One woman's story of escaping fists of rage

Soundtrack of Life: An occasional series of columns about music mirroring life

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Columnist Darryl Owens talks with Amy Barnes who survived domestic abuse.

He said "A man's home is his castle; It always has been and so it remains"

But he holds the keys in a fist of rage

His home is his castle

And mine is a cage

"A Man's Home is His Castle," by Faith Hill

This time, when she stirred from blackness, laughter greeted her.

Her eyes were swollen nearly shut. But it wasn't his malicious, mocking laughter. She turned toward the flickering light.

Conan O'Brien. Must be nighttime. It had, in fact, been three days since he first knocked her out.

Manacles bit into her ankles — he'd shackle her whenever he took a breather from the poundings. After all, wailing on her always exhausted the 6-foot-8, 290-pound mountain of mean.

Marcus? Terrell?

Amy Barnes always thought of her boys during the beatings. Kept her focused on hanging on. For them.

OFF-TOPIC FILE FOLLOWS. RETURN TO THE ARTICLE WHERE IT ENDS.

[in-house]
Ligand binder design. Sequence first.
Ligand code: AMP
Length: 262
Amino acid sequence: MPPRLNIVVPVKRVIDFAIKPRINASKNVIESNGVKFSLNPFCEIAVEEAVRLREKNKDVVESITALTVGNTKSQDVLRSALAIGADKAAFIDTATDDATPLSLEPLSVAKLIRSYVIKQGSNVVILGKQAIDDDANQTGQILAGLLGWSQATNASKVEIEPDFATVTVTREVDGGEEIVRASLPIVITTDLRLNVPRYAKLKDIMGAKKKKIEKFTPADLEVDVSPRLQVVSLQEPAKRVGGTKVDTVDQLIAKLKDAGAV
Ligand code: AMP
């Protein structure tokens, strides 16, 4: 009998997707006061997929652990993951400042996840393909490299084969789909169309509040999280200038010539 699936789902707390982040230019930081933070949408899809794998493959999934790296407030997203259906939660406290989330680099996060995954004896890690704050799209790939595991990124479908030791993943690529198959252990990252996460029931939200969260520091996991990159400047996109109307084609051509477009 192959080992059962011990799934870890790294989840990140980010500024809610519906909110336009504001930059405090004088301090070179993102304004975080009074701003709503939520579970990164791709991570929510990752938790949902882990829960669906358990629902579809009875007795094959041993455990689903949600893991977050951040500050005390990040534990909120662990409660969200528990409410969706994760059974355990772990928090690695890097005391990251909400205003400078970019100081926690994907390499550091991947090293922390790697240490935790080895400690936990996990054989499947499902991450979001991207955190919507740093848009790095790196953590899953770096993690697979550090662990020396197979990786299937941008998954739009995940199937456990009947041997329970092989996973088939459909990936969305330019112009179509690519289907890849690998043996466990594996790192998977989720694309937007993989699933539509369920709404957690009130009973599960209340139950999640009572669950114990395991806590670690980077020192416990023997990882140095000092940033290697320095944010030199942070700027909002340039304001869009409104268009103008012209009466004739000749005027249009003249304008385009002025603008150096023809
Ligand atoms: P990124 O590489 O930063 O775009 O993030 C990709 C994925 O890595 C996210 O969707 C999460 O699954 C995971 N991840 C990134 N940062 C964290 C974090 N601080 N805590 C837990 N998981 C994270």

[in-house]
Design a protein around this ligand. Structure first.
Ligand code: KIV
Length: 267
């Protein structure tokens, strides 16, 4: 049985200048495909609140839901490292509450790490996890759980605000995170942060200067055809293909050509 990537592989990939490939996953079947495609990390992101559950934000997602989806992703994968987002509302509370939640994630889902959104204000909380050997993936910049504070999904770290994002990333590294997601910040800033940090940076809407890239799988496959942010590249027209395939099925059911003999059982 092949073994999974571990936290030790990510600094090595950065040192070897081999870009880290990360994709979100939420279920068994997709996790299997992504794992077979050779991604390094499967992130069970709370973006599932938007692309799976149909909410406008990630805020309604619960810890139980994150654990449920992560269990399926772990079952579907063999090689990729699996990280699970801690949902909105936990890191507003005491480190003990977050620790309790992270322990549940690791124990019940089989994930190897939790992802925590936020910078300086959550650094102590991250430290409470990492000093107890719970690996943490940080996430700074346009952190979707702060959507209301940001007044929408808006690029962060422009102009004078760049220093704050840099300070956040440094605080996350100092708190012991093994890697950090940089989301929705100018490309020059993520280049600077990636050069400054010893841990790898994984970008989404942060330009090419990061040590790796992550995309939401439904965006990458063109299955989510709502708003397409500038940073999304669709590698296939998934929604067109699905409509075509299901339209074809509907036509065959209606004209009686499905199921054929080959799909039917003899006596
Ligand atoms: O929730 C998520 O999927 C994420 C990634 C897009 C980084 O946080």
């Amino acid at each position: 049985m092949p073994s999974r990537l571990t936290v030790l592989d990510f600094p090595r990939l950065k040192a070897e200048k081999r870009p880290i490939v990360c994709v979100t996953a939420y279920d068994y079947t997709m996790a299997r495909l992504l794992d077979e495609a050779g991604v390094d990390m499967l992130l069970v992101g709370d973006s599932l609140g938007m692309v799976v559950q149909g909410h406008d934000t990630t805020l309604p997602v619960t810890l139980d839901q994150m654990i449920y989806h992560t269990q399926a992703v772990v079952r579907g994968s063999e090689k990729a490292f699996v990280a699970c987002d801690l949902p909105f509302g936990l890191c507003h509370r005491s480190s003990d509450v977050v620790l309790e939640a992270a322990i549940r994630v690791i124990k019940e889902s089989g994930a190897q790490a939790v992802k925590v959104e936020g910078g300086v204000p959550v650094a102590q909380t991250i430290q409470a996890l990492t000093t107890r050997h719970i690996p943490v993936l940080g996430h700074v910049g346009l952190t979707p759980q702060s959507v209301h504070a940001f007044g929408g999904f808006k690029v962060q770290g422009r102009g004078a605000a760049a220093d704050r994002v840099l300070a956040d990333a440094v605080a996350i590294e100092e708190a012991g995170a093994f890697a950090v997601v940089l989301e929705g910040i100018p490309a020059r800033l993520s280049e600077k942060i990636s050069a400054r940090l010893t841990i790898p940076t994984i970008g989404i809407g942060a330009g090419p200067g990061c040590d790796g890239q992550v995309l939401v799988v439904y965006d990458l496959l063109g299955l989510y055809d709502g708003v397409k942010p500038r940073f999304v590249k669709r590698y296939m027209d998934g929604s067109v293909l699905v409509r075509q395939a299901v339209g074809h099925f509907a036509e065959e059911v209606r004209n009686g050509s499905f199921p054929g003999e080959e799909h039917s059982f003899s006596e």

Her face throbbed. Pain clarified her thoughts: Would this be it? The time he finally kills her?

She glanced at the man she loved at the other end of the fist.

Forgive me, God. She must break a commandment this night.

It was him or her.

When they met years earlier, it was all about her. He was handsome and made her feel beautiful. Showered her with the undivided ardor she'd longed for in her first marriage.

Then, slyly, he isolated her.

Nine months in, Prince Charming became Mr. Hyde. He flew into a rage when his brother defended Barnes during one of her boyfriend's verbal assaults. Then he popped her.

Only later did she realize she should've seen it coming.

Growing up in Minnesota, she never saw her parents argue. And while interning at a domestic-violence shelter, she puzzled: Why do these women go back?

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